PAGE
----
Review article Open Access
The Biological and Pharmacological Importance of Apricot
Ismet Yılmaz*
Inonu University, Faculty of Pharmacy, Department of Pharmacology, Malatya,Turkey
*Corresponding author: Ismet Yilmaz, Assistant Professor, Inonu University, Faculty of Pharmacy, Department of Pharmacology, 44280, Malatya/Turkey, E-mail: @
Received: October 13, 2017; Accepted: December 06, 2017; Published: January 19, 2018
Citation: Ismet Yılmaz (2018) The Biological And Pharmacological importance Of Apricot. SOJ Pharm Pharm Sci 5(1): 1-4. DOI: http://dx.doi.org/10.15226/2374-6866/5/1/00172
Abstract
The aim of this review can be summarized as medicinal importance of apricot and it’s kernel. In this context; to give information on some research results which hitherto intended it’s biological and pharmacological importances. It’s different effects from liver regeneration to myocardial ischemia- reperfussion and serum minerals to anti-oxidant enzymes will be discussed. It may be emphasized that apricot is one of the rarest fruits which consumes both itself and it’s kernel.

Key word: Apricot (Prunus armeniaca L.)
Introduction
In this review; content and dieatary importances, antioxidant/protective effects, and also phtochemical and biological properties of apricot and its kernel may be better given as not subheadings.

In last two decades, researches have been focused on fruit consumption which contains carbohydrate, fat and proteins as well as vitamins, minerals and essential fatty acids that have an effect on body functions. Therefore, nutritionists set up fruits in second step of the food pyramid and fruit consumption has been recommended [1, 2]. There are a lot of important information about different fruits from many reports. But our aim was making a review only on apricot and it’s kernel. Many reports can be found about pharmacological and biological effects of apricot. Here we will give a short information by summarizing the results of these studies. Of course, to obtain more information, these articles should be detailly examined.

Apricot and it’s kernel have antiparasitic, anticancer, antiaging, antiatherosclerosan, antianginal, cardio/hepato/renoprotective and antioxidant (especially β-caroten) effects. It has various minerals (especially K, Fe, Mg, P and Se), vitamines (A, C and E). It is a rich fiber source and has also sedative, antispasmotic, antisestradial, antimicrobial, antimutagenic, antitussive, antiinflammatory, antinociceptive, enzyme inhibitory and tonic effects have been emphasised by many researchers [3-10]. Hovewer, a special attention has been given to flavonoids and their beneficial effects in diseases such as cardiovascular and cerebrovascular, some forms of cancer and Parkinson’s and Alzheimer’s diseases. The main flavonoids in the samples of apricot (Prunus armeniaca L.) are; quercetin-3-rutinoside, quercetin-3-galactoside and quercetin-3-glucoside [11].

About cultivation and marketing statistics of apricot in Malatya province were given by Parlakpinar et al [12]. The phenolics, minerals, vitamins, lipids and carbohidrate contents of apricot may be differantiate by altitude, apricot species and genetic, soil structure and used fertilizers [5, 6]. In Malatya, widely cultivated apricot varieties are Zerdali, Çataloğlu, Çöloğlu, Hacıhaliloğlu, Hasanbey, Soğancı, Kabaaşı, Çekirge, Ethembey, İsmailağa, Hacıkız, Alyanak and Tokaloğlu [13-18].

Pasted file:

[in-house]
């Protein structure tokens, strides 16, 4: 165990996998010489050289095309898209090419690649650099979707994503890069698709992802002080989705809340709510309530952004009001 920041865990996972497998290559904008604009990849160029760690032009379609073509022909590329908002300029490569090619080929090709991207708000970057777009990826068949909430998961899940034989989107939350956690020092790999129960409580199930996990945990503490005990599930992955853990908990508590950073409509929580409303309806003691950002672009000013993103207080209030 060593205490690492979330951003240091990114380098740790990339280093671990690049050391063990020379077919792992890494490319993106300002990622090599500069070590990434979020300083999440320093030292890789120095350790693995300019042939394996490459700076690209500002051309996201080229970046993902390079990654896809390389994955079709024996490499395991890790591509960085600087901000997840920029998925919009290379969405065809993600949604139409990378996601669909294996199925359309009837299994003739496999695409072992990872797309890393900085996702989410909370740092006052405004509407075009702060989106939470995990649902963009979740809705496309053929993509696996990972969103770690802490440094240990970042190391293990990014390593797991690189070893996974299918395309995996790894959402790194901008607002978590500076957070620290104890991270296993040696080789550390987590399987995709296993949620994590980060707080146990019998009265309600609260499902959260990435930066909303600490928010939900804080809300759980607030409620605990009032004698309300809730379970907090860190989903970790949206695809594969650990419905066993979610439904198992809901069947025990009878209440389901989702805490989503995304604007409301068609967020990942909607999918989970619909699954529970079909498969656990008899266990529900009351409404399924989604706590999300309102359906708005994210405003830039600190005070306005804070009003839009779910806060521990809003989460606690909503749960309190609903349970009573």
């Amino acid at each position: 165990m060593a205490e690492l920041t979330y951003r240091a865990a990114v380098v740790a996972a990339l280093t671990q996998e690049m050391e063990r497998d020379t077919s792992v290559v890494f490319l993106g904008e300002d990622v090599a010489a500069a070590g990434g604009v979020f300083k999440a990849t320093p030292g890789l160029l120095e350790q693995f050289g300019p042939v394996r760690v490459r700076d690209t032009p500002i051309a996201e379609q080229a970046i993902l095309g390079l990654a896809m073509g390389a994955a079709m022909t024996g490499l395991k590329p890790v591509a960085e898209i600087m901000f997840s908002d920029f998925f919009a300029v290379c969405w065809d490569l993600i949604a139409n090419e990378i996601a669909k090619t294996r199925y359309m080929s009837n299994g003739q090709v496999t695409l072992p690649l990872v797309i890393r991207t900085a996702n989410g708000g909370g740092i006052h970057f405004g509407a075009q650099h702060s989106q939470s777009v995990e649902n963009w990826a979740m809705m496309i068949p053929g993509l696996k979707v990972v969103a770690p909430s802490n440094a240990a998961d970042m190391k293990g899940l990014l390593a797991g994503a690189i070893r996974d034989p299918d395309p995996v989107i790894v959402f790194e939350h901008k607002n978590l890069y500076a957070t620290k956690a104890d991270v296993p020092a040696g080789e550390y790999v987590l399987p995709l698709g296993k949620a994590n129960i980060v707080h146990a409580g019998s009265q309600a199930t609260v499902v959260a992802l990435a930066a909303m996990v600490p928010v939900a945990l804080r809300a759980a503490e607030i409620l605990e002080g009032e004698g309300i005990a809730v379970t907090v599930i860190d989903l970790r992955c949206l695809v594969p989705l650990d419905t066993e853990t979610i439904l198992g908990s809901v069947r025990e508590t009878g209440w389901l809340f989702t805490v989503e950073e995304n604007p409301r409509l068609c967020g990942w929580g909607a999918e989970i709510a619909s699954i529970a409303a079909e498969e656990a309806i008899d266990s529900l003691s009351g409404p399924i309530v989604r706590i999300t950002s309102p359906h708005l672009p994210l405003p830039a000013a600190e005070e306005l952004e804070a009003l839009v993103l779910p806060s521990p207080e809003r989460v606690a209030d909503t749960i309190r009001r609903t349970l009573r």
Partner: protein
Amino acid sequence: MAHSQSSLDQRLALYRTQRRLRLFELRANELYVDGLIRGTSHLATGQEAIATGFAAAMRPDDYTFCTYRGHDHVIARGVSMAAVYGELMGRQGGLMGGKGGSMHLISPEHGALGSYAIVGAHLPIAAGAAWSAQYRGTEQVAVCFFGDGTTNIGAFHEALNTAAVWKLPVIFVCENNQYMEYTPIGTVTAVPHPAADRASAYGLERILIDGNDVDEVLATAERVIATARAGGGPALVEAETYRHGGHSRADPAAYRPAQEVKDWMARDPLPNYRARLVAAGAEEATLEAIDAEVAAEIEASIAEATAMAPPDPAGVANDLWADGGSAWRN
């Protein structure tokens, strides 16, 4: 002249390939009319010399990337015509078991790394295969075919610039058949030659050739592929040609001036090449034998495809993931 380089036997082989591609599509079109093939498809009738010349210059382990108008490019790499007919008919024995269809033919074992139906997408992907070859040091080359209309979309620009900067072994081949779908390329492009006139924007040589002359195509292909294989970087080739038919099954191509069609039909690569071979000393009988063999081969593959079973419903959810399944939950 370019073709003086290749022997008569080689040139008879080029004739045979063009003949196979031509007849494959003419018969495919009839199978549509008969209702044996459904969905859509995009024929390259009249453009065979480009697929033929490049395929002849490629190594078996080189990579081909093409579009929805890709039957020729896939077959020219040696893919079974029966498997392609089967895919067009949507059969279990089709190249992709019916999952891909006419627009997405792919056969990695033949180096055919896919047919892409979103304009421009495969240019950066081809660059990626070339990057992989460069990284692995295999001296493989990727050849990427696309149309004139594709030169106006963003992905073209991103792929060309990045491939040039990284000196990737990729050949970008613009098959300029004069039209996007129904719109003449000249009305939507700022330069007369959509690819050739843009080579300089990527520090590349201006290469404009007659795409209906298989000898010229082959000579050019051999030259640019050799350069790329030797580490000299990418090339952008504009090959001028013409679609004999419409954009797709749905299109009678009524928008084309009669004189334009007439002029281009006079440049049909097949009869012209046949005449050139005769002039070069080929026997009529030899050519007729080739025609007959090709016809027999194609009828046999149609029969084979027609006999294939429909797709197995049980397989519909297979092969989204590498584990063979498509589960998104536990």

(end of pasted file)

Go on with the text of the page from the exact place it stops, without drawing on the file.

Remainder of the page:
In rats, cardioprotective activity of apricot-feeding has been reported as related to it’s antioxidant phenolic contents [12]. Apricot and/or β-carotene treatment may protect the impairment of oxidative stress and ameliorate methotrexate (MTX)-induced intestinal and kidney damage [19, 20]. The effects of sun-dried organic apricot (SDOA) supplementation to rat chow on some serum mineral levels (at four different rates and three different periods) on both genders of rats were reported by Yılmaz et al [21]. According o them, there was an increase in serum K and declines in serum Ca, Mg and P levels and no significant differences in serum Na and Fe levels. Compared to rat chow, SDOA is poorer in mineral contents except K. The most suitable rate was 1% SDOA and the most suitable period is 30 days. The differences between P levels of male and Fe levels of female rats migth be due to gender [21]. In addition, they reported that, 1 % rate and 120 days period of SDOA consumption showed beneficial effects for each gender of rats (especially on red blood cells (RBC), hemoglobin (HgB) and hematocrit (HCT)). They also emphasized that the results may have a significance for therapy, preservation and/or eradication of some types of anemia in humans [22]. When the rates of SDOA in diet were increased, they reported that significant decreases were observed in all parameters of males and in alkalinphosphatase (ALP), acetyltransferase (AST) and total protein (TP) of females. An effective role was observed on albumin (Alb), alkalintransferase (ALT) and TP levels in both genders. Hovewer, there were no significant coactions between rates and periods. The rate of 1% has a beneficial effect on all above parameters in both genders of rats [23]. They also reported that, 2.5% and 5% rates of SDOA on male rats and 10% rate on female rats have a significant positive effect in their daily food intake proportions [24]. Further, they reported that after 70 % partial hepatectomy (PH), 5% SDOA supplementation and 21 days feeding periods had useful effects on the regenerative capacity of residual liver [25]. In another study, Yılmaz et al reported that, before 7 and after 10 days of PH, silymarin application had benefical effect than SDOA consumption on renewal of remnant liver of rats [26]. It was underline that, reduction in both telomerase activity and oxidative stress might indicate the benefical effects of apricot (sun dried and sulfur fumigated apricot consumption) against the damege caused by azoxhymethane in rats [27].